It’s no surprise that John Williams has been pinned by many as one of the greatest film composers of all time. As the driving force behind the scores of the original Star Wars Trilogy, Indiana Jones, Jaws, Schindler’s List, and many other notable works; he’s effectively cemented himself as a cinema icon. That reputation comes with its fair share of criticism though.
Take a look at one of Williams most notable works,”‘The Imperial March” from Star Wars V: The Empire Strikes back. Any informed classical music fan could spot the obvious similarities between the march and Gustav Holst’s “Mars: The Bringer of War” from his seven movement suite, “The Planets.” In fact, many music buffs did recognize the similarities and accused Williams of stealing from Holst. That accusation may be a bit harsh. Sure, the huge horn motive blaring above the rest of the orchestra’s unison, pulsating rhythm is entirely too familiar. But, like so many of the composers that came before him, Williams is an artist of reimagining.
Soundtracking motion pictures is an art form in its own right and no easy task. Moods have to be aptly appropriated with a major or minor key, recurring motives have to appear at the right moment, song meter has to reflect the pacing of the scene – and this all has to promote a common musical theme that effectively reflects the visual it’s accompanying. In terms of setting audio to video, sometimes creators are more messengers than anything. That, in and of itself, is daunting enough and respectful.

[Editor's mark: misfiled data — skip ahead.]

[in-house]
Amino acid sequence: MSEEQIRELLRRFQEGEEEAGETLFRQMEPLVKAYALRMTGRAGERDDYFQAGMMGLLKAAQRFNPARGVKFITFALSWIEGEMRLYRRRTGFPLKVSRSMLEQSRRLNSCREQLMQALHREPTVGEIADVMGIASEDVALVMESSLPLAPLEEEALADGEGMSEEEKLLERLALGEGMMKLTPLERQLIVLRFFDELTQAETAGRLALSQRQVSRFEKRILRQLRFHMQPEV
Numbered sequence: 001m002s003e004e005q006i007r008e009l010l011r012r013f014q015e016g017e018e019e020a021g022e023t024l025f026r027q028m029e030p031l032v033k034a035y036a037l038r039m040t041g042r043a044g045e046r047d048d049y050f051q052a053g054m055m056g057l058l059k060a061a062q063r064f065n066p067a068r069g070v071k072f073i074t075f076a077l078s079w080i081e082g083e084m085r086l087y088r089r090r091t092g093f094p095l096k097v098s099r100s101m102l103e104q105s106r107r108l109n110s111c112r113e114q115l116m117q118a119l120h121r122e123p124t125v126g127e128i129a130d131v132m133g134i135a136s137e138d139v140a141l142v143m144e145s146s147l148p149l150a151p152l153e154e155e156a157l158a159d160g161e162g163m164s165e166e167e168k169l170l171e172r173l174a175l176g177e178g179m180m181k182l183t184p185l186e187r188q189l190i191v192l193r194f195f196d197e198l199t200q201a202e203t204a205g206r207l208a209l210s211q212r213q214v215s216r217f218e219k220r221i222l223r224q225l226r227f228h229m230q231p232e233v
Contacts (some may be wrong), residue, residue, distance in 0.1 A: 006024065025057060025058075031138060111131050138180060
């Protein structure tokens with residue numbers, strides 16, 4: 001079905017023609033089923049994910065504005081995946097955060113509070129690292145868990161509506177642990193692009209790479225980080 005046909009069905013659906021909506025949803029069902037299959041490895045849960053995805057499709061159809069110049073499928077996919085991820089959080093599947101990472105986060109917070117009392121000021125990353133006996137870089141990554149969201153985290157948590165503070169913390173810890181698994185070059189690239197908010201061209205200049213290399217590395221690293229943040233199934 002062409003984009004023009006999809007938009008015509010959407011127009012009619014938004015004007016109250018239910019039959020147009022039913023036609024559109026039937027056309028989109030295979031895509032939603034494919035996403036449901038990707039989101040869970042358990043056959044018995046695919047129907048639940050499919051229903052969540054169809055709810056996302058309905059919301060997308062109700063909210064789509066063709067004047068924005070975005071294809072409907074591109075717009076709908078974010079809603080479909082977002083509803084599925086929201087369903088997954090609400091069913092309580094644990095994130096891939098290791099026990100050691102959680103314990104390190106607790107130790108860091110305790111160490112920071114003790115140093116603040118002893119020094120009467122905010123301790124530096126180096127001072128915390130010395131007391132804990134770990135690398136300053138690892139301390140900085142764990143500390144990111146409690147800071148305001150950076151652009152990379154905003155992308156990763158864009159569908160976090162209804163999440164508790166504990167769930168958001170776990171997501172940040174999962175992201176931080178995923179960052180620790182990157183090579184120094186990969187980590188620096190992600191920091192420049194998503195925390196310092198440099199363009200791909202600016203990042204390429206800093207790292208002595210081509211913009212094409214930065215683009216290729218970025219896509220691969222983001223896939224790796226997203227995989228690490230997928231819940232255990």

Inspiration from other artists is a common thing among creators that many people look down upon. A blatant ripoff, obviously, isn’t something to be praised. However, I challenge you to look at any of the great musicians, composers, singers, etc. and see if you can’t trace their style or sound back to a specific influence. What’s more important is that that influence is employed or re-imagined in a fresh and creative way.